Wave Another Day Goodbye
A very superficial glance at Sweden’s music scene would produce a division into two camps: abrasive garage rock from the city and pastoral indie pop. Chances are, if you’ve heard one band from Sweden it’s the Hives, a band at the forefront of the current garage rock revival. Getting virtually no press outside of their country, you can almost picture indie pop bands like Ronderlin sitting on some desolate, pre-spring hillside watching as the last of their countryside girlfriends pack up their cars to join the ever expanding garage party and wondering when their time will come. It’s a shame, because while Ronderlin is just as lacking in originality as their urban countrymen, they are just as adept at appropriating from their favorite sources. The requisite chiming Byrds-ian guitar is there, as is the understated Hammond organ. Their crowning achievement in this traditional vein is the Belle & Sebastian-perfect “Reflected.”
Thankfully, Ronderlin are able to draw from influences beyond the standard roster of limp-wristed all-stars. “Time For Farming Soon” takes the Blue Oyster Cult’s “Don’t Fear the Reaper” and strangles it with pastel turtlenecks, turning it into the closest approximation to “progressive twee” I’ve ever heard. Surprisingly, it holds up fairly well. “Black Eyebrows” begins with an organ lifted directly from The Cure’s “Untitled” before acquiescing to the call of windswept beach pop. Quite a few of the album’s tracks bear gothic undertones of an atmospheric-less Cure, musically and lyrically. Being Swedish and apolitical, the lyrics are appropriately simple. I’m not joking when I say that all the songs on this album deal with springtime, abandonment, day turning to night and waving goodbye. It’s not too deep, but it’s an almost ideal soundtrack to being brokenhearted and alone on a hillside high above the rocking garages of the city.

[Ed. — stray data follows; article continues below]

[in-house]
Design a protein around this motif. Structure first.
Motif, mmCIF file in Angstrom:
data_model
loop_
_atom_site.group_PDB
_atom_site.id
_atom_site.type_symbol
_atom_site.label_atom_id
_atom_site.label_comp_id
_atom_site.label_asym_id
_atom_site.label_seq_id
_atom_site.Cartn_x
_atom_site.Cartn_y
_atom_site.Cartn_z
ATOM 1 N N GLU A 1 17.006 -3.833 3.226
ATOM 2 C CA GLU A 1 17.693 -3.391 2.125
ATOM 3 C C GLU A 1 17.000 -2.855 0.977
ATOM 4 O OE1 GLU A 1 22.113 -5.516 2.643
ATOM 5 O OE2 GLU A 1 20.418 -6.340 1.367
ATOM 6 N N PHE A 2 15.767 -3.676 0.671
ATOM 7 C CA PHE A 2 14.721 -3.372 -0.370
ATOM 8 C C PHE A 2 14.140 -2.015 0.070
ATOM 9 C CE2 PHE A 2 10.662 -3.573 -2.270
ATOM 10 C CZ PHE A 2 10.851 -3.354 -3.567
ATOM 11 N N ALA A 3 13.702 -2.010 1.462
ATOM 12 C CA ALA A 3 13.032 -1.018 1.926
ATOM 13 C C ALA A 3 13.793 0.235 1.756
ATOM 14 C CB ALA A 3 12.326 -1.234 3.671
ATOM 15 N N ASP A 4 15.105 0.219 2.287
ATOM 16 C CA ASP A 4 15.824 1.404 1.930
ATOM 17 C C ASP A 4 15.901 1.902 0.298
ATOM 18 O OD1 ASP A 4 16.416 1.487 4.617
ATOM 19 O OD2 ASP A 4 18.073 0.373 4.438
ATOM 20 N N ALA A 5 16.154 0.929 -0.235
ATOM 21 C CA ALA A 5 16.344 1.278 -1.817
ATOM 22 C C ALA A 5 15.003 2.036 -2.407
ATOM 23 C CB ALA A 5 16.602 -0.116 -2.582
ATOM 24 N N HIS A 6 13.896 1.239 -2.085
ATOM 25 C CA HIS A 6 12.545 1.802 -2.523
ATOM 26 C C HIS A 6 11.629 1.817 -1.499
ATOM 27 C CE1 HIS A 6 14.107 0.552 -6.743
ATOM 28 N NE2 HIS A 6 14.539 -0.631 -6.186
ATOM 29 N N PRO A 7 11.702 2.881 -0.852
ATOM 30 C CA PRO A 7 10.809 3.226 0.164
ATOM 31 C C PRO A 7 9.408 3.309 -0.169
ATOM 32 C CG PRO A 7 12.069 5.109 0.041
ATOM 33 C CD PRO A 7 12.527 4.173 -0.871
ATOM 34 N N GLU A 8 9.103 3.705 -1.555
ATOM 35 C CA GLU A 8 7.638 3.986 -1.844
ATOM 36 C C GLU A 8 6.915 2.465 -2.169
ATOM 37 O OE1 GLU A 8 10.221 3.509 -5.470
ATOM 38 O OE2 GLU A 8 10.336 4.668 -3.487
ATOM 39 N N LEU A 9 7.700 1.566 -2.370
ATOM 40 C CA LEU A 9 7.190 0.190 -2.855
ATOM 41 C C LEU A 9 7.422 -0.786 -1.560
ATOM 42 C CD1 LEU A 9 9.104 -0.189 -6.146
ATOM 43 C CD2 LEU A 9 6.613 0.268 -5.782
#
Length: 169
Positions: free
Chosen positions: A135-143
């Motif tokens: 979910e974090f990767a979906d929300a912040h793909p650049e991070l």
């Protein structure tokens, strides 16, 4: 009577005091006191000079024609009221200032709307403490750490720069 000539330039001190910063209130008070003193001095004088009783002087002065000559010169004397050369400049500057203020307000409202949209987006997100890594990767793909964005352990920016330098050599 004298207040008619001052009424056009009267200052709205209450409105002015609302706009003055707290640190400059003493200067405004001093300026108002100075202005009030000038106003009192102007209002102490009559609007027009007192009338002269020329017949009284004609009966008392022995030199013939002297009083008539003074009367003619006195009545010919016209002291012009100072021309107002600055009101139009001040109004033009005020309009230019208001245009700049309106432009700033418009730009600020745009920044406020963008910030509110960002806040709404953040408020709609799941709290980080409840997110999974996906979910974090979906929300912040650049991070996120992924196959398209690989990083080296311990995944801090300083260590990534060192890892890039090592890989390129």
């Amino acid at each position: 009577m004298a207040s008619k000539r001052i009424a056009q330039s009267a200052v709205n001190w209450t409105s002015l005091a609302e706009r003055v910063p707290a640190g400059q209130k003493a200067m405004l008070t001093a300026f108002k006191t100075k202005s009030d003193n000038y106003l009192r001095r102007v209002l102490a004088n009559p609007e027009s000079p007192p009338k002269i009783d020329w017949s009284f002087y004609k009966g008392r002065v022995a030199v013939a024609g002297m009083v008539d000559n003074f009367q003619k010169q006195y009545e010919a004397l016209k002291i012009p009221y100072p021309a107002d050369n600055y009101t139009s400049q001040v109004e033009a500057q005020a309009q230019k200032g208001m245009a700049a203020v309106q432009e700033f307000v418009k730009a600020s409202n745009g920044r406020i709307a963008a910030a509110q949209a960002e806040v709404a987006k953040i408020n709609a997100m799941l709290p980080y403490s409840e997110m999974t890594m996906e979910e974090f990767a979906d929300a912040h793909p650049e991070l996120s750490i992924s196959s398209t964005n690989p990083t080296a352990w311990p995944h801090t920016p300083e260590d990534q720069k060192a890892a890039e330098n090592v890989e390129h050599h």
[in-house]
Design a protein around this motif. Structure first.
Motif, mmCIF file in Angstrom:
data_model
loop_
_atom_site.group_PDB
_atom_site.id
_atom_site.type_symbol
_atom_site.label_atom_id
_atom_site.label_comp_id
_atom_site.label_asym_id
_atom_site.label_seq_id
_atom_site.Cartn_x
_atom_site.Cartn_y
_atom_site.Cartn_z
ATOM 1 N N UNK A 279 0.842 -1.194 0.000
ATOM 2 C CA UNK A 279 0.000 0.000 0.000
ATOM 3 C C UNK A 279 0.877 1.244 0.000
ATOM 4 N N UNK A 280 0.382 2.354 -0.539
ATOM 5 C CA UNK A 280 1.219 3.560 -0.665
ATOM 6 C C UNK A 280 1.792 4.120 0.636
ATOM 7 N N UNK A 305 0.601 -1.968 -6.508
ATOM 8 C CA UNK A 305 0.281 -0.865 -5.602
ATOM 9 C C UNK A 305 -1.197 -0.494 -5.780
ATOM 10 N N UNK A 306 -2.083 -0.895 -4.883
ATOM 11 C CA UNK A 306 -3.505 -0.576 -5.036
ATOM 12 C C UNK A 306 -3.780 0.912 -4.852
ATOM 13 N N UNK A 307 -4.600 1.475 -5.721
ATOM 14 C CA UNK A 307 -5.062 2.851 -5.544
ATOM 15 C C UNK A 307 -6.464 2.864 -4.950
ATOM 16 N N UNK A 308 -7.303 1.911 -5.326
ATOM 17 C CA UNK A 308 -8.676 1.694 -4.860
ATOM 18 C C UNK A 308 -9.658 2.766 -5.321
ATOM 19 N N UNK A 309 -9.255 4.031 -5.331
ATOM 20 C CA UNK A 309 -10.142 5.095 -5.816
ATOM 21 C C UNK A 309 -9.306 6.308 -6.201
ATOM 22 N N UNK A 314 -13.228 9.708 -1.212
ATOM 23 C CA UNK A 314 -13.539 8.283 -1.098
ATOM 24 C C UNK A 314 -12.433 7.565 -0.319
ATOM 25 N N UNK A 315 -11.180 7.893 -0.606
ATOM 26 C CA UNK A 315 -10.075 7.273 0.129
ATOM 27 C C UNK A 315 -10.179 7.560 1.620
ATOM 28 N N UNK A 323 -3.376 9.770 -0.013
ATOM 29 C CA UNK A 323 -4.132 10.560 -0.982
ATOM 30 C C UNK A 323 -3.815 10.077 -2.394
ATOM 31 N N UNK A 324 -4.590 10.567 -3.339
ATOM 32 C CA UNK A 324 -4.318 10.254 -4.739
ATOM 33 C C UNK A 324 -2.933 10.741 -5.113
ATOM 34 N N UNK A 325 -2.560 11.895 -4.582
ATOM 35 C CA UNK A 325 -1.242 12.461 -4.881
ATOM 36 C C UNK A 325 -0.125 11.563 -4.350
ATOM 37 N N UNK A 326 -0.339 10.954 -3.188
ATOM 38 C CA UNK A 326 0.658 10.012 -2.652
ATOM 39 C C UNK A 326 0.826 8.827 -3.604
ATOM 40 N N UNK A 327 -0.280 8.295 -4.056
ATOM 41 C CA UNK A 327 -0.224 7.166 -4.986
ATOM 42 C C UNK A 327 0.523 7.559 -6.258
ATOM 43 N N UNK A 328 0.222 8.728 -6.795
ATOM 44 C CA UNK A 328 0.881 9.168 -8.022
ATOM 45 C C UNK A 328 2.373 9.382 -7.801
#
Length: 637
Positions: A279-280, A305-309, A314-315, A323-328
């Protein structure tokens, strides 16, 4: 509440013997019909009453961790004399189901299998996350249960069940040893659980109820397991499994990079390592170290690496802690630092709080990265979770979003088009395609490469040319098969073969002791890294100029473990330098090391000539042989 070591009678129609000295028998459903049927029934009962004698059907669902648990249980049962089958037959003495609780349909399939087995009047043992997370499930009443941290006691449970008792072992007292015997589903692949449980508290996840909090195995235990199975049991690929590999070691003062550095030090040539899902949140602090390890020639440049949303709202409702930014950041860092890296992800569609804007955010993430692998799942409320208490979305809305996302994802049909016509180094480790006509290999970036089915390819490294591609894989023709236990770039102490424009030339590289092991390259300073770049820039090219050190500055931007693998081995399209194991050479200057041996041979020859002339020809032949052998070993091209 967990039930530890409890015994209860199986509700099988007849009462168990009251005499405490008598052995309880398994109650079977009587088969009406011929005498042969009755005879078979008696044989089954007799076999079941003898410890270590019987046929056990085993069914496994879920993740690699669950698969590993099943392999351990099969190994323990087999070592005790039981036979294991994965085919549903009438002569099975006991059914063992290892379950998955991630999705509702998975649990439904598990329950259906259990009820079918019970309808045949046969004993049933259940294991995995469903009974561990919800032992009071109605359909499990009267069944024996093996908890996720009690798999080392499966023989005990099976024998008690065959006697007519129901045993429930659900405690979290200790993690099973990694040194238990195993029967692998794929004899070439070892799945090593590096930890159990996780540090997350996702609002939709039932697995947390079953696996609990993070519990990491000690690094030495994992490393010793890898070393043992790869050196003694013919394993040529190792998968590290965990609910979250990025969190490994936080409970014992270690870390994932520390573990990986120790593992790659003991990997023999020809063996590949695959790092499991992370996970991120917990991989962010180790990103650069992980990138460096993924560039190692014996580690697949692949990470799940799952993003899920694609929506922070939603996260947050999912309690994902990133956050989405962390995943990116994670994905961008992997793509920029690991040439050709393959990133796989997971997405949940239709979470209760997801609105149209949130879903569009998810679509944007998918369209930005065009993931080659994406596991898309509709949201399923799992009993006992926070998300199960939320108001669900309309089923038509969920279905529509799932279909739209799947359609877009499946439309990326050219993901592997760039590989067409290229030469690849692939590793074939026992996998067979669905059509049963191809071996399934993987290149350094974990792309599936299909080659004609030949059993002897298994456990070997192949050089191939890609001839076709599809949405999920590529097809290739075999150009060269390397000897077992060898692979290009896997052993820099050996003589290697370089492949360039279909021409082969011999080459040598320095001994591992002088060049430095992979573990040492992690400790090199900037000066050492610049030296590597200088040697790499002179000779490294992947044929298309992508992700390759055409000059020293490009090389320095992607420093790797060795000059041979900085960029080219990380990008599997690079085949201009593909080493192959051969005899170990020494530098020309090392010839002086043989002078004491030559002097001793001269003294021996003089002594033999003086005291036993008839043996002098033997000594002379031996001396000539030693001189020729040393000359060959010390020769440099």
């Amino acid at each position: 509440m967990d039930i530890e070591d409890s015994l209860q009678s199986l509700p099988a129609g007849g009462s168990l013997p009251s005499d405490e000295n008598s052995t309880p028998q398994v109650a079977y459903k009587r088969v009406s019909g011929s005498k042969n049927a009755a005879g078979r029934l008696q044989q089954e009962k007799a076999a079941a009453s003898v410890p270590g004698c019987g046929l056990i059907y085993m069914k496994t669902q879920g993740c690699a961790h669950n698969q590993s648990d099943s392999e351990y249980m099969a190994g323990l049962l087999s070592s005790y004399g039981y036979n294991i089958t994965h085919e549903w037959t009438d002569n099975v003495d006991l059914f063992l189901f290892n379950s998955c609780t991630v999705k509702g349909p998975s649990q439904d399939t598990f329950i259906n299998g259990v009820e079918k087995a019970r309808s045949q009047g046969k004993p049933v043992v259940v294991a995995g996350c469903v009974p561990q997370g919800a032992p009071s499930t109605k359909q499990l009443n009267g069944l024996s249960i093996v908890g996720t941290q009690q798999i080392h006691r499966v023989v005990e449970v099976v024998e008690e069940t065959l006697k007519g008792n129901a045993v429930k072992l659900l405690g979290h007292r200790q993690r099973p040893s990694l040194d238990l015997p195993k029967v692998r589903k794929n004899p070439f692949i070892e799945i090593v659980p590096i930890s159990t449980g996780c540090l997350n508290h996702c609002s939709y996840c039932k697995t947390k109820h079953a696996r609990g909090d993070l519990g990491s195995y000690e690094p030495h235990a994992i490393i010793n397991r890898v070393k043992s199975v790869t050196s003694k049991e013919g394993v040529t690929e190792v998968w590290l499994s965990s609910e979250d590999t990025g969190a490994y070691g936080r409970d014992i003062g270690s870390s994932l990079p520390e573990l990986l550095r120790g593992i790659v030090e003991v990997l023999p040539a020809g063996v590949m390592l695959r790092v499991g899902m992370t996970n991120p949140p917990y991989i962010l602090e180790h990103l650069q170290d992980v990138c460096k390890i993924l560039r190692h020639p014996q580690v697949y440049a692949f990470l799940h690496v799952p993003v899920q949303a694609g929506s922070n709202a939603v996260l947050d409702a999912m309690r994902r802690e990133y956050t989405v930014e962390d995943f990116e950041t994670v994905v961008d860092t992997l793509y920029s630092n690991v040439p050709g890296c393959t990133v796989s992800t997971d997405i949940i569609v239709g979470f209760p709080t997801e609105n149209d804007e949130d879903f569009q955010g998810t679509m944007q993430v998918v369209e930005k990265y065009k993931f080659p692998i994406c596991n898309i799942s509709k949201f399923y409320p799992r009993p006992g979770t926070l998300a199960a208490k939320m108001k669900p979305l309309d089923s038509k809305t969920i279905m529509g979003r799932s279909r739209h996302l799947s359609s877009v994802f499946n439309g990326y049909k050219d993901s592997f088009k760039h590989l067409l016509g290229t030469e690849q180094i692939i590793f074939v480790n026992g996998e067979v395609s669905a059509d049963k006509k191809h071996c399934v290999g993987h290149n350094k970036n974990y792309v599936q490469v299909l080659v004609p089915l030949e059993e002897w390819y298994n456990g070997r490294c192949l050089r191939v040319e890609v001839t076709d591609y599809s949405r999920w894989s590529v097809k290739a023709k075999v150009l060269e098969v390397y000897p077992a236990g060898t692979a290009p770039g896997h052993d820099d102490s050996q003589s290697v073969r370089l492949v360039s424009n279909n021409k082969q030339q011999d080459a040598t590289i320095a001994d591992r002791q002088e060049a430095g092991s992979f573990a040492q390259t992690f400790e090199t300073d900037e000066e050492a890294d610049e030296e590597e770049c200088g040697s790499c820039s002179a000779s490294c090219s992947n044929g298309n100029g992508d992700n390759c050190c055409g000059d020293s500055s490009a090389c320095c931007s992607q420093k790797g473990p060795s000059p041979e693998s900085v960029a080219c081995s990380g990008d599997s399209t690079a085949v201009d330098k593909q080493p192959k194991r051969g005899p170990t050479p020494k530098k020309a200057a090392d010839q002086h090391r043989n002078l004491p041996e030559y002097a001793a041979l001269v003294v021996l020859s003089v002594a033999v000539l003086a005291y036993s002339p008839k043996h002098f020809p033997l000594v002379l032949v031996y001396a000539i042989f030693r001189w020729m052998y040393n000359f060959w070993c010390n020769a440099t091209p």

Parasol Records: http://www.parasol.com/